Xbox One: Kinect data capture explained in new Microsoft blog post

Friday, 1 November 2013 09:59 GMT By Dave Cook

Xbox One’s Kinect-based data capture has caused quite a stir this year, and no Microsoft has taken to its blog to set records straight once and for all.

This is something that Microsoft’s Albert Penello has discussed with gamers at length, in an attempt to cool fears over personal data being sent to third-party companies and advertisers.

Reporting on the matter, IGN flagged up Microsoft’s new privacy statement blog, which explains how data is collected while playing, and how it is then used.

Under the section labelled ‘Kinect’, Microsoft writes, “The camera can be used to sign you in. To do so, it measures distances between key points on your face to create a numeric value that represents only you. No one could look at the numbers and know they represent you. This authentication information stays on the console and is not shared with anyone.”

Microsoft stressed that said Kinect data exists as a, “very long set of numbers,” and added that ,”[n]o one could look at the numbers and know they represent you.” Said numbers are apparently deleted after you exit your current play session and are re-generated the next time you play.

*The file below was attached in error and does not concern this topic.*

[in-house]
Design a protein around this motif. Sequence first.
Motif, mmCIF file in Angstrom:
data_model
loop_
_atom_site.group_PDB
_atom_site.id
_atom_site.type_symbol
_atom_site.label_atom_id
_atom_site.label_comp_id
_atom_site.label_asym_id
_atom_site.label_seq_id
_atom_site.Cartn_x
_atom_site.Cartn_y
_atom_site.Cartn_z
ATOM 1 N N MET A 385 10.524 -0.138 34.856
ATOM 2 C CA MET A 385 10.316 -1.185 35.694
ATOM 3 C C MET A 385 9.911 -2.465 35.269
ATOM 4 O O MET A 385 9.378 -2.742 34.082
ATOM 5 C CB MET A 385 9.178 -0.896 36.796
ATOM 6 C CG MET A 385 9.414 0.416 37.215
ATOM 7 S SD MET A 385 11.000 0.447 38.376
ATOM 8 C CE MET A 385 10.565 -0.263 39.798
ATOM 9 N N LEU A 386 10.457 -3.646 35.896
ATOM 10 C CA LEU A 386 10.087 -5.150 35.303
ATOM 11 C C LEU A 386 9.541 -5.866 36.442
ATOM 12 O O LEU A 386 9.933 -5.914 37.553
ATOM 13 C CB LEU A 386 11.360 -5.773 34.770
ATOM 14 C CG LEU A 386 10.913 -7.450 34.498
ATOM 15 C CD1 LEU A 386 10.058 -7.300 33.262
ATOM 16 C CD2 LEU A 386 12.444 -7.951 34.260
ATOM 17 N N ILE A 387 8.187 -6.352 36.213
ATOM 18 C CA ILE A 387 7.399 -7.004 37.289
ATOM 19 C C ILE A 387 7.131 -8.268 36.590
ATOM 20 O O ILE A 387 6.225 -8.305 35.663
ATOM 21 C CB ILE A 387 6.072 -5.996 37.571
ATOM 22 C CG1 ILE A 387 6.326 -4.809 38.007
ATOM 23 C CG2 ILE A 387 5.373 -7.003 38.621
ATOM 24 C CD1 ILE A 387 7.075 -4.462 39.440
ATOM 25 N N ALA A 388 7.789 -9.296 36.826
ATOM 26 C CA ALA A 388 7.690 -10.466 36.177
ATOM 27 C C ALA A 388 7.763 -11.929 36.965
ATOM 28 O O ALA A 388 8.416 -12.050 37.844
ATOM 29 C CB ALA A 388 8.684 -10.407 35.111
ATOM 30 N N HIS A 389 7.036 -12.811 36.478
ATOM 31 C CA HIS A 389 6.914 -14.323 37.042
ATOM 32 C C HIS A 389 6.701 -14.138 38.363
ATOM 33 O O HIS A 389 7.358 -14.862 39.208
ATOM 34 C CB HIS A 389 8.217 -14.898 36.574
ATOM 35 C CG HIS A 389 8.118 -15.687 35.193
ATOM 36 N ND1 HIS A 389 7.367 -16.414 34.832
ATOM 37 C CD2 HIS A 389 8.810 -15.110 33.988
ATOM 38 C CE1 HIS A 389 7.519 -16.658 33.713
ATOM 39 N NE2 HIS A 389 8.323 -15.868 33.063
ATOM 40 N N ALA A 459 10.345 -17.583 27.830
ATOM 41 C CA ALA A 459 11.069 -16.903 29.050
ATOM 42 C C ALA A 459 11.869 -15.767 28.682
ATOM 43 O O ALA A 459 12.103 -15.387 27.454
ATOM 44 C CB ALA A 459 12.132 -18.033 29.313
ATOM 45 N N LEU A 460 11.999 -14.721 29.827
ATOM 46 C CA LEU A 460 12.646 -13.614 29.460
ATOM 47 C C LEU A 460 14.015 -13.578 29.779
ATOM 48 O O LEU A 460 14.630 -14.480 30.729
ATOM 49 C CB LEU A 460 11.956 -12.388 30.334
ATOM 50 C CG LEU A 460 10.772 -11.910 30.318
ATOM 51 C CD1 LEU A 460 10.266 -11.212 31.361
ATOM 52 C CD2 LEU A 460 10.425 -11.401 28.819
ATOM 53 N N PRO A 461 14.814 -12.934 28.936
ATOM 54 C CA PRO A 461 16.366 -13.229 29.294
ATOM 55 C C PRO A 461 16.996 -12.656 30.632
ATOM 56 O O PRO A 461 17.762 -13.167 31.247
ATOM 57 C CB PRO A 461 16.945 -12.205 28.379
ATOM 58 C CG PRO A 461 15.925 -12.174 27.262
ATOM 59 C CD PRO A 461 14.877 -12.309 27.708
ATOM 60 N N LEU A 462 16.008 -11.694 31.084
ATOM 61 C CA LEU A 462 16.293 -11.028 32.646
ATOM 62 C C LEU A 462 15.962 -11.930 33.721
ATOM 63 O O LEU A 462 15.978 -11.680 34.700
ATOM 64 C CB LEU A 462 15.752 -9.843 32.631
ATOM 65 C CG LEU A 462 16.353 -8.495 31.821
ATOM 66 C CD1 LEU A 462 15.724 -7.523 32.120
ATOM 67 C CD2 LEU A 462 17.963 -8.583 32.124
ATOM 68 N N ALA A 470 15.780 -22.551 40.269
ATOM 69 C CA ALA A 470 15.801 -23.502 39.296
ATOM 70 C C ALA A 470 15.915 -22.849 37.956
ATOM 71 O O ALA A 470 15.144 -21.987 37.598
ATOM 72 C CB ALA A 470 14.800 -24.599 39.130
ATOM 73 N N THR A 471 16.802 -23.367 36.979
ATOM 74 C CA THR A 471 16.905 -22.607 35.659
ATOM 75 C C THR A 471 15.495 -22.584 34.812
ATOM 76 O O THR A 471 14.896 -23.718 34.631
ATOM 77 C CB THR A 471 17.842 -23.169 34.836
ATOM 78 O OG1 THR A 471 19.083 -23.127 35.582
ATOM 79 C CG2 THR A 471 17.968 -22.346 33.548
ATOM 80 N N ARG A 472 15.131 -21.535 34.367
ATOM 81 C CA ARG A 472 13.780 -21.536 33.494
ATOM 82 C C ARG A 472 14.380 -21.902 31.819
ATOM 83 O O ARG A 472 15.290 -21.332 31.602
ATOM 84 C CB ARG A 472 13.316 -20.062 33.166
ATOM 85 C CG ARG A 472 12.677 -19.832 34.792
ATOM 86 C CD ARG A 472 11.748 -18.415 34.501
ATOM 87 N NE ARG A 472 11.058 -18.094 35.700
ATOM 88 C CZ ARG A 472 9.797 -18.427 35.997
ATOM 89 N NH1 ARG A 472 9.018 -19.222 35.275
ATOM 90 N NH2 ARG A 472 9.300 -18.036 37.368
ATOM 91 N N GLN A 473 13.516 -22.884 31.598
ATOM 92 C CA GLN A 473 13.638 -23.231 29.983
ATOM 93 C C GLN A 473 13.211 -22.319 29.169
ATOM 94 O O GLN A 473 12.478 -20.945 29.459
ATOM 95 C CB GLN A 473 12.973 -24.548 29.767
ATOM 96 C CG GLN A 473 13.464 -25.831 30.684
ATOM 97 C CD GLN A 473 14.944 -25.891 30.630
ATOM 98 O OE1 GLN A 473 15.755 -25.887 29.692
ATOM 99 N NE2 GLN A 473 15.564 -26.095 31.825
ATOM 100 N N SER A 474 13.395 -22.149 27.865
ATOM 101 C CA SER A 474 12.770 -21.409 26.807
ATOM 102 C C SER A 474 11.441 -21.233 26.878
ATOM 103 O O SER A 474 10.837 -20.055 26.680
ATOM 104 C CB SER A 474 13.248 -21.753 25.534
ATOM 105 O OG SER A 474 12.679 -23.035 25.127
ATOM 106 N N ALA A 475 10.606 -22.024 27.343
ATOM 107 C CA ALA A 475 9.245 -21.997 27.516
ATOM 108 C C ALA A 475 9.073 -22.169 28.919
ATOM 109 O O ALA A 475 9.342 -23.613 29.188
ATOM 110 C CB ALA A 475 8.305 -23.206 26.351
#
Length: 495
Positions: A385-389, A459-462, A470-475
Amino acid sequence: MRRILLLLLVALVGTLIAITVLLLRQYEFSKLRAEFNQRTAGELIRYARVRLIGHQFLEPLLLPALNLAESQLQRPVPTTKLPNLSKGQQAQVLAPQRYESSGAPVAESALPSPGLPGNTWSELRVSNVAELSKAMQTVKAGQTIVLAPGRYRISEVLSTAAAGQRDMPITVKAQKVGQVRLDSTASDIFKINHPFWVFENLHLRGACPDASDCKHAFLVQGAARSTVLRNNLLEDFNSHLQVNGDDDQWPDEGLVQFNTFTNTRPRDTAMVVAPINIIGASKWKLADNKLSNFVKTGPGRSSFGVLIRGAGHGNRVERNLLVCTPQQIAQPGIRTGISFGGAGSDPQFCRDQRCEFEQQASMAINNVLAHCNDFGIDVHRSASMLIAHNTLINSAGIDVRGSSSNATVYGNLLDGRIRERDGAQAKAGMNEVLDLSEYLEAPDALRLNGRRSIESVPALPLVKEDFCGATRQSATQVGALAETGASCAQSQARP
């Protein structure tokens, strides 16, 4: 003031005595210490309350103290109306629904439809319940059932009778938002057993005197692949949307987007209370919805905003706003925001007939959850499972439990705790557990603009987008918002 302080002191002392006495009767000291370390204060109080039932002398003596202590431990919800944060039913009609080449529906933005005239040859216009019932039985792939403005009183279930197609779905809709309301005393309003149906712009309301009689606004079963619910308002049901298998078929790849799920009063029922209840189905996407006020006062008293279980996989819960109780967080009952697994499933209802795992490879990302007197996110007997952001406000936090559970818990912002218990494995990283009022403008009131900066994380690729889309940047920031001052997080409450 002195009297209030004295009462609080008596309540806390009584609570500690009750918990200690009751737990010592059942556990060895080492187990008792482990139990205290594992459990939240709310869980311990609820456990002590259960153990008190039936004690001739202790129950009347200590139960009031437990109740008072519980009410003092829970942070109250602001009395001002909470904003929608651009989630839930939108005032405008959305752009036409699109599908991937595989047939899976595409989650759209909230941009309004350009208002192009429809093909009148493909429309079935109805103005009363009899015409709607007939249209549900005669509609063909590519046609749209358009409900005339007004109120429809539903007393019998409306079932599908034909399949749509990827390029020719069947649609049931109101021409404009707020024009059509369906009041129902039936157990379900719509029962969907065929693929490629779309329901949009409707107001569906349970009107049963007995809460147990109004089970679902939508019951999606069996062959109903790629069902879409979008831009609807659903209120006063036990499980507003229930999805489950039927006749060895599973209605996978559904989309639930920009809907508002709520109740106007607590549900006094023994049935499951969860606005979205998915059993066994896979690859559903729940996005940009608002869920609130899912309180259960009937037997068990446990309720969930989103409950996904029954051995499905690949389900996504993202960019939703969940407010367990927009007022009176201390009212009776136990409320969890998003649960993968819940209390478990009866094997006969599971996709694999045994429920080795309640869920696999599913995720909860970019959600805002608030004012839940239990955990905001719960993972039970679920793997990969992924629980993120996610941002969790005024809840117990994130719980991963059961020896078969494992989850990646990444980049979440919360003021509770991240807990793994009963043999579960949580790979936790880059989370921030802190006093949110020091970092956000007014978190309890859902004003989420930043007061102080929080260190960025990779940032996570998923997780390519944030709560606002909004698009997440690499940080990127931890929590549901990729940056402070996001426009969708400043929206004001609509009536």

The blog explains, “Microsoft may collect those numeric values to enable and improve gameplay and improve the gaming experience.” However, they are, “destroyed after analysis is complete.”

The Kinect section continues, “You control what happens to photographs taken during gameplay and whether voice commands are captured for analysis. You can turn Kinect off at any time. When Kinect is used with certain games and apps, your skeletal movements can be used to estimate exercise stats. You can decide how your stats are managed and whether they are shared.

“Some game titles may take advantage of a new Xbox capability called expressions. This feature allows you to use your defined facial expressions to control or influence a game. This data does not identify you, stays on the console and is destroyed once your session ends.”

A line further on in the post covers personal information such as profiles and payment details. It reads, “Except as described in this privacy statement, we won’t disclose your personal information to a third party without your consent.”

On targeted advertising created from data capture, Microsoft explains, “You may opt out of receiving targeted ads from Microsoft Advertising by visiting our opt-out page.”

What do you make of the above? It seems pretty concrete and clear doesn’t it? Are you still uneasy about the capture tech however? Let us know below.